Are You Measuring Only Lagging Indicators to Track Health & Safety? If Yes, It’s Time to Change
Blog | February 9th, 2022

Are You Measuring Only Lagging Indicators to Track Health & Safety? If Yes, It’s Time to Change

John Doerr, the legendary venture capitalist, wrote a book titled “Measure What Matters”. The book focuses on a goal-setting technique called OKRs (Objectives and Key Results) that has helped companies like Intel and Google meet company-level, team-level, and individual goals.

The beauty of OKRs is that it helps you propagate enterprise-level goals, to various teams across the organization. Following the OKR methodology enables various teams – across the organization – to truly work together towards a common enterprise goal.

Why is this relevant from a health and safety perspective? The answer is obvious. Safety leaders must push their senior management leaders to make workplace safety and employee well-being a key priority, right at the top. There has to be an enterprise-level goal to meet certain standards when it comes to health and safety. This must then translate into team-level H&S metrics for various functional units including the health & safety team, manufacturing & production, logistics & operations, etc.

Once safety becomes a priority, it is important to run a metrics-driven process that makes it easy for various stakeholders to monitor and track both lagging and leading indicators.

Tracking Only Lagging Indicators is Not Enough

At ComplianceQuest, we published a whitepaper titled ‘Health and Safety Metrics Guide’. The paper focused on how building a safety-first organization is all about having a data-driven process.

Your organization’s Health & Safety (H&S) metrics and KPIs meet the following criteria:

  • Specific – clarity about what is being measured
  • Measurable – specifying factors that can be measured against set standards
  • Achievable – that which is realistic and can be achieved
  • Relevant – providing insights into overall safety performance
  • Timely – have a set time-frame

Metrics such as no. of incidents/accidents, no. of near-misses, and no. of safety observations have to be tracked. Other lagging indicators that need to be monitored are:

  • No. of OSHA reportable injuries
  • Severity of injuries
  • Worker compensation
  • Indirect costs from safety incidents
  • Absenteeism because of workplace-related illness or injuries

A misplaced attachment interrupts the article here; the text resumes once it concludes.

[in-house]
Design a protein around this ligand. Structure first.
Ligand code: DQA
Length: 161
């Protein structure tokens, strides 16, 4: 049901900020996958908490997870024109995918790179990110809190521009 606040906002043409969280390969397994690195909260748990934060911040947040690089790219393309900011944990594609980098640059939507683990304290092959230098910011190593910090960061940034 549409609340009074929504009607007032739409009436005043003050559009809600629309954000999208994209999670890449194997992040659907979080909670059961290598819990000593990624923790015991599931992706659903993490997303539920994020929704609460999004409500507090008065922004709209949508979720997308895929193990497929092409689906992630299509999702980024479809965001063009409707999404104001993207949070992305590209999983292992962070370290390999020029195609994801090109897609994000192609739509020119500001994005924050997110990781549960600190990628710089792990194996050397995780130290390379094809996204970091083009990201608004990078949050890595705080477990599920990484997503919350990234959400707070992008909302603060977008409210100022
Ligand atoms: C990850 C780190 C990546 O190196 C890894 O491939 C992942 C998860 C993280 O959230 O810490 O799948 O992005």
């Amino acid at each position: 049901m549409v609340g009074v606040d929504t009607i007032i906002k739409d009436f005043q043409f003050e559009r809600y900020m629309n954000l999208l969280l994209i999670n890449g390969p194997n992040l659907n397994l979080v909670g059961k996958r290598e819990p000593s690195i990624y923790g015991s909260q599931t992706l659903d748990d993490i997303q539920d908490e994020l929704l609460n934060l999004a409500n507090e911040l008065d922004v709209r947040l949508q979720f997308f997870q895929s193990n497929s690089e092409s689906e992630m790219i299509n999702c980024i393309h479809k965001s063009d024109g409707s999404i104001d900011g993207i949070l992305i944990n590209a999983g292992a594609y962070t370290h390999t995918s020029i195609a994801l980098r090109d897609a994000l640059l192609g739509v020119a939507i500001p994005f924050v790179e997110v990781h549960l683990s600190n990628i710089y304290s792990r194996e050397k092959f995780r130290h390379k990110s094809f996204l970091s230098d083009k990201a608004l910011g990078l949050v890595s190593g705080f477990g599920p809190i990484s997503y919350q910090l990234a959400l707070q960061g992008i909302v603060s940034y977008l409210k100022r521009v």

However, to drive continuous improvement of safety management processes, it is crucial to track (and monitor) leading indicators.

The H&S team must optimize its Safety Management System (SMS) to proactively mitigate risks and plan preventive actions. Using a next-generation EHS management system will help with building a data-driven and collaborative process to predict future safety incidents and plan actions to prevent an incident before it happens.

Key ‘Lead Indicators’ to be Tracked on an Ongoing Basis

Some of the lead indicators that safety leaders should be measuring to prevent or mitigate future safety risks include:

#1 – No. of Near Misses and Safety Observations

Reporting near-miss incidents and safety observations are crucial for proactive risk mitigation.

However, unlike a real incident, near-misses are hard to track and need employee participation. Employees are present in the scene and their observations become very important for identifying potential health and safety risks.

To be able to report, they need tools and training to understand the significance of reporting and be able to do it easily, without fear of being considered a tattler.

#2 – Management Commitment

Caught up in the need to improve topline and keep costs under control, safety can fall by the wayside, left to safety managers to react when an incident occurs rather than have a proactive approach. Though this may seem like some savings in the short run, in the long run, businesses may end up losing due to penalties, compensations, and litigation.

Management commitment to employee well-being will add weight to the initiatives and give employees confidence that they are cared for.

The management can express its involvement by:

  • Acknowledging an incident, near miss, observation report
  • Tracking the average number of days taken to investigate an incident, near miss, observation report
  • Tracking % of incidents near misses investigated
  • Tracking % of incidents near misses with root cause analysis performed
  • $/resources allocated to training per employee

Using ComplianceQuest’s Management Review software, this entire process can become streamlined and automated.

#3 – Inspections and Audits

Periodic audits and inspections are essential in identifying potential areas of risk and rectifying them for mitigation. They can be of two types, internal and external. Keeping track of the number of audits and inspections, the findings and the action taken based on findings will indicate the health of the organization’s safety practices.

Tracking the no. of audits/inspections and ensuring the quality of audits is a key lead indicator for proactive safety management.

#4 – Staying Current on Safety Training Requirements

This brings us to the importance of training and the need to track the number of training programs employees have attended and their effectiveness.

All staff, at all levels, need health and safety training to make safety integral to the workplace culture. This requires training programs to make them aware of all company’s procedures and policies and increase their engagement levels.

Tracking employee training records will drive overall safety and compliance levels. For some organizations, training certificates should not expire, and therefore, how many are active and updated becomes a key metric!

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